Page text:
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Henriette Fireplace February 10th, 2018 - 12:51:20
Fireplace Inserts If you have a masonry fireplace but dont like the associated, draftiness, energy costs or overall inefficiency, you should consider purchasing a fireplace insert, sometimes referred to as a fireplace stove insert. A fireplace insert is basically a wood stove designed to fit into a fireplace. Fireplace inserts are usually constructed of cast iron or steel just like wood stoves. Installing a fireplace insert will typically require the installation of a chimney liner. The chimney liner essentially narrows and insulates the chimney vent and connects directly onto the fireplace insert creating a closed highly efficient system. No more opening and closing the damper. Fireplace inserts can use various fuel options and are clean burning (minimal smoke and particulate emissions). Fireplace inserts like wood stoves are heavy, usually weighing upwards of 300 pounds. This means delivery and installation are better left to certified installers or professional chimney sweeps.
Fireplaces come in many shapes and sizes. There are also different types of fireplaces, including Wood Fireplaces, Gas Fireplaces, Electric Fireplaces, Traditional Fireplaces, Stone Fireplaces Wood Fireplaces There used to be a time when the most suitable material for the fireplace and the mantel was marble, stone, or simple bricks and mortar. Nowadays, many houses substituted it with wood, or have a significant amount of wood fitted in and around it. Wood fireplaces can enhance beauty and warmth to a home on top of being energy efficient. Wood fireplaces are now available in a wide assortment of designs from modern to rural and everything in between. The newest designs include multi-view wood fireplaces, wood fireplaces with unique surrounds and mantels and see-through wood fireplaces.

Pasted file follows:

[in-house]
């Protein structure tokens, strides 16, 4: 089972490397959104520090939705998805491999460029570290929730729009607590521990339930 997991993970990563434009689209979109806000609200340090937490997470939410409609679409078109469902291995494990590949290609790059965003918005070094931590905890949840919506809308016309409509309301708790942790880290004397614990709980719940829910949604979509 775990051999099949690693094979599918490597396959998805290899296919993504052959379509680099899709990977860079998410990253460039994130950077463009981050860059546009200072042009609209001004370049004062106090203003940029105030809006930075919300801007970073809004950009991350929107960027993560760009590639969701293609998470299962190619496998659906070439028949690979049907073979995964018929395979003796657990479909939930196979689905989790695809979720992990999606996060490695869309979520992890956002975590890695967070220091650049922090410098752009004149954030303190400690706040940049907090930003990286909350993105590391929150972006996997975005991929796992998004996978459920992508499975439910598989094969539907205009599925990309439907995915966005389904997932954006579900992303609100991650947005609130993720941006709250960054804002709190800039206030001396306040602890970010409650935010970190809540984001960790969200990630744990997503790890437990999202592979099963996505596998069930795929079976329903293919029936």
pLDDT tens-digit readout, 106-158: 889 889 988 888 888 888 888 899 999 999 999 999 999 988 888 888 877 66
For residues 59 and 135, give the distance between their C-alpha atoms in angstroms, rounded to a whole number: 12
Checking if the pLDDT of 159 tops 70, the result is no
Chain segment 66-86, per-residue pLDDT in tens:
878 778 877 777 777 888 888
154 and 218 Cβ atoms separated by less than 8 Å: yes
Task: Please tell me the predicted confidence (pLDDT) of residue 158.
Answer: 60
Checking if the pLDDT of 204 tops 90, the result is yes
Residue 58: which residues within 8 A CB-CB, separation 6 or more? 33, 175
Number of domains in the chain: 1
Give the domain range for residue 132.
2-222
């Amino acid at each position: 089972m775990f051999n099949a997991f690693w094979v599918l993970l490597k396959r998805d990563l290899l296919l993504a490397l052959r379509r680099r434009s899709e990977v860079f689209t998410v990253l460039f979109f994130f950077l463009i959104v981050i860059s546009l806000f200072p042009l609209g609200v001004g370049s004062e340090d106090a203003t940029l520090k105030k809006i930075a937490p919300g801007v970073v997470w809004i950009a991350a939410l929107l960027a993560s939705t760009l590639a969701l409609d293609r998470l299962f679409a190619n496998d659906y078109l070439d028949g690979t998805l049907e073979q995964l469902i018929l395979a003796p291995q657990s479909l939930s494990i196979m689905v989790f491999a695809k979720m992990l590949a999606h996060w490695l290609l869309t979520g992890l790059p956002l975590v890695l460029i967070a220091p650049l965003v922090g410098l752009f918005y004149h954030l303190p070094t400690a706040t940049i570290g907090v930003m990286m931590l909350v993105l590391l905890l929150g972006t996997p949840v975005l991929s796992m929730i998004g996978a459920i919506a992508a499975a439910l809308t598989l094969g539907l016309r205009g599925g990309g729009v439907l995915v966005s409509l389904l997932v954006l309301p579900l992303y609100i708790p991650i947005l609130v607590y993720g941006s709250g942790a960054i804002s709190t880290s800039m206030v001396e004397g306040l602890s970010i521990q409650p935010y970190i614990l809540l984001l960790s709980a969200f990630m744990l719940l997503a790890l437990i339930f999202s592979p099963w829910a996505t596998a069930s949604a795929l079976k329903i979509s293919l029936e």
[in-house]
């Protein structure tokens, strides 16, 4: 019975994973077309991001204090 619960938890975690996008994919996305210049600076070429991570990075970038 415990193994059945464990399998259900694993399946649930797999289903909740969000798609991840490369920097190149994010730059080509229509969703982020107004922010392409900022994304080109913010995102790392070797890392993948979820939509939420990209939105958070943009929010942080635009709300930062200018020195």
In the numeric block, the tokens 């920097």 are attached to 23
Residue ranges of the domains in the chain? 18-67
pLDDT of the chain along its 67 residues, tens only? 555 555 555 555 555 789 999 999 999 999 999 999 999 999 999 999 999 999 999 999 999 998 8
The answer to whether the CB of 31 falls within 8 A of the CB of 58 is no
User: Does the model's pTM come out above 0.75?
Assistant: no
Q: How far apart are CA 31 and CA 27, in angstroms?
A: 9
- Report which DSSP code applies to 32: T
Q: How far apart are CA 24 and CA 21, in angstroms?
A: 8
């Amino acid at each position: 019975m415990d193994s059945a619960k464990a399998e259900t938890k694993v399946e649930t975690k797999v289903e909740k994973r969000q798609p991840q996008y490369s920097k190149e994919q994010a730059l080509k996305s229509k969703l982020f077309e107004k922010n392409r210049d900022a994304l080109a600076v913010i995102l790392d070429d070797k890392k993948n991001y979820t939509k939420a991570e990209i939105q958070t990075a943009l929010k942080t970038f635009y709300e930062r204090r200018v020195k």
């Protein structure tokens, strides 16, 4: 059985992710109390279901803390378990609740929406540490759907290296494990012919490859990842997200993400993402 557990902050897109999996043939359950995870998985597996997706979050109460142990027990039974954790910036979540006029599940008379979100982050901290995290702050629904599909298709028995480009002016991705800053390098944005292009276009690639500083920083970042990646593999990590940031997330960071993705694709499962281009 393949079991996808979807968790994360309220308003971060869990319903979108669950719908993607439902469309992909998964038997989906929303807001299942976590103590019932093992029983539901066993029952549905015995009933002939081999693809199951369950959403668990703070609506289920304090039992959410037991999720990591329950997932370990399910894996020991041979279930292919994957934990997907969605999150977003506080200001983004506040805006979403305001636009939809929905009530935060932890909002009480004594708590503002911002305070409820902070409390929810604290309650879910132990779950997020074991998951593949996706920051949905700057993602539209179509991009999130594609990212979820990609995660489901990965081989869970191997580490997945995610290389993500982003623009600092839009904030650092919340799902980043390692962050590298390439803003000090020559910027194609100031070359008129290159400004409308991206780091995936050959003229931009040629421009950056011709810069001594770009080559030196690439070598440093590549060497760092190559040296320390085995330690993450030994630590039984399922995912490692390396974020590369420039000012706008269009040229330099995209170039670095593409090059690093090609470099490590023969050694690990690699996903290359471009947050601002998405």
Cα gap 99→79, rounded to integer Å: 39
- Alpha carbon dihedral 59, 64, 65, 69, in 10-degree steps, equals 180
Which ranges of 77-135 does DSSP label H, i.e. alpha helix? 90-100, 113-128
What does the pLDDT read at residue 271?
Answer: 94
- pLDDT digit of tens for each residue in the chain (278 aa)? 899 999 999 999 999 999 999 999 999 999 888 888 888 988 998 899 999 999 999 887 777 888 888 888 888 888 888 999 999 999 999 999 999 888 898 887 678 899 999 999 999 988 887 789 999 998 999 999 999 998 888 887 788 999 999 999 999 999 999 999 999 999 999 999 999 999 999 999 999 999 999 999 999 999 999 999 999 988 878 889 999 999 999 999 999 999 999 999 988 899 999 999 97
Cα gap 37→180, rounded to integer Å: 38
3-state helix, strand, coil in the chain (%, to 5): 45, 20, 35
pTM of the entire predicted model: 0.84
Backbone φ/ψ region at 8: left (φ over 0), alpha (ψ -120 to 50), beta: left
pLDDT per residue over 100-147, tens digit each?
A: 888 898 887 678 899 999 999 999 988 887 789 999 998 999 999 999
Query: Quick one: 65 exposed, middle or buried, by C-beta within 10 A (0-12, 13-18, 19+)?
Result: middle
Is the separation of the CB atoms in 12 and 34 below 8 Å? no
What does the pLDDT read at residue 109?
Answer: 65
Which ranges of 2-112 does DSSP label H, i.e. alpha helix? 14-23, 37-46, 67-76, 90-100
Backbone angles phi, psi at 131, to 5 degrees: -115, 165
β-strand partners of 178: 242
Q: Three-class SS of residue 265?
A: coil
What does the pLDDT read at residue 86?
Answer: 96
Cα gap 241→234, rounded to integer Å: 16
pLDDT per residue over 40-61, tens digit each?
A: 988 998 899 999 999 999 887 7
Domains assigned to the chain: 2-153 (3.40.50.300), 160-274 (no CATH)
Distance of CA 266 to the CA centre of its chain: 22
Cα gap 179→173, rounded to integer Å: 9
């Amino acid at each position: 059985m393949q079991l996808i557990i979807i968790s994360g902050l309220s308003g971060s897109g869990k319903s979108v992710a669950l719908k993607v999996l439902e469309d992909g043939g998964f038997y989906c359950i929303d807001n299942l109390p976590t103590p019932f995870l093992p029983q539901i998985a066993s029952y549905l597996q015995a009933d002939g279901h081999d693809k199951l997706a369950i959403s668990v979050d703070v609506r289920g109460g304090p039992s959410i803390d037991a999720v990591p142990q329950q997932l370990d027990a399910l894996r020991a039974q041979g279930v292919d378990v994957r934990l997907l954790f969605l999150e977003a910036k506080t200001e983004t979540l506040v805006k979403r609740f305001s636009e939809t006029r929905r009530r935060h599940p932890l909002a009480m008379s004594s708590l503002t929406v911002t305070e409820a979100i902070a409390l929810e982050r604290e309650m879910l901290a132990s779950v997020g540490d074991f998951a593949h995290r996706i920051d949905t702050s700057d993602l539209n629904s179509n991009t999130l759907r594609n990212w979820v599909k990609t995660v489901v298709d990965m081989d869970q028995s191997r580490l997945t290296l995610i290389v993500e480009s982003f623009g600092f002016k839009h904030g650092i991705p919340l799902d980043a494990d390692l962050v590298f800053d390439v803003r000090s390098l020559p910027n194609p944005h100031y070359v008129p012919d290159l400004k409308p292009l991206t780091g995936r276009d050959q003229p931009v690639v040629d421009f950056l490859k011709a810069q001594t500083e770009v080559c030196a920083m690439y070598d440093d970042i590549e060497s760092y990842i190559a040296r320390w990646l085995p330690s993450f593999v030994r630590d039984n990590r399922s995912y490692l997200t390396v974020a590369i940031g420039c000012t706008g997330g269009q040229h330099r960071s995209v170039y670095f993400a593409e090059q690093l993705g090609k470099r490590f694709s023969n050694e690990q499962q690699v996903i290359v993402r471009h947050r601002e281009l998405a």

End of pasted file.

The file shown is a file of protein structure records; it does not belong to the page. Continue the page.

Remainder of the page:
Once you have finished cleaning your chimney, the next step in cleaning your fireplace to prepare it for the coming warmer months, is to clean out the firebox. You will need to give your firebox walls a good brushing with a nice stiff brush. Knock down all the loose soot and ash that has gotten stuck to the brick walls and flue. Remove your fireplace grate and set it to the side on a newspaper. Keep it from touching your finished flooring, as it will leave a nice sooty footprint. You will clean this and your other fireplace tools in the next step. Using your fireplace shovel, you will need to scoop out as much of the completely cooled ash and the chunks of unburned wood as you can. Using your fireplace brush, sweep the remainder of the ash onto your shovel and into an ash bucket.
The next step is to clean those well-used fireplace tools and fireplace grate. Black soot and resin can easily build up on your tools and can make them unsightly and grungy-looking. Here are a few simple steps to help bring back their original luster and shine. Take your fireplace grate and tools outside and give them a good hosing down. This will quickly remove all of the loose soot and dirt from the surface. For the fireplace grate, fill a bucket with hot water and a small amount of abrasive cleaner. Scrub with a steel wool pad to remove the caked on resin and soot. You may need to use a stiff-bristled brush to get the really bad parts. For the fireplace tools, use hot water and a small amount of ammonia cleaner. Avoid using abrasives, as these may scratch the finish on your tools. You may use a scrub brush to get the stubborn dirt particles, but use caution so as not to damage the surface.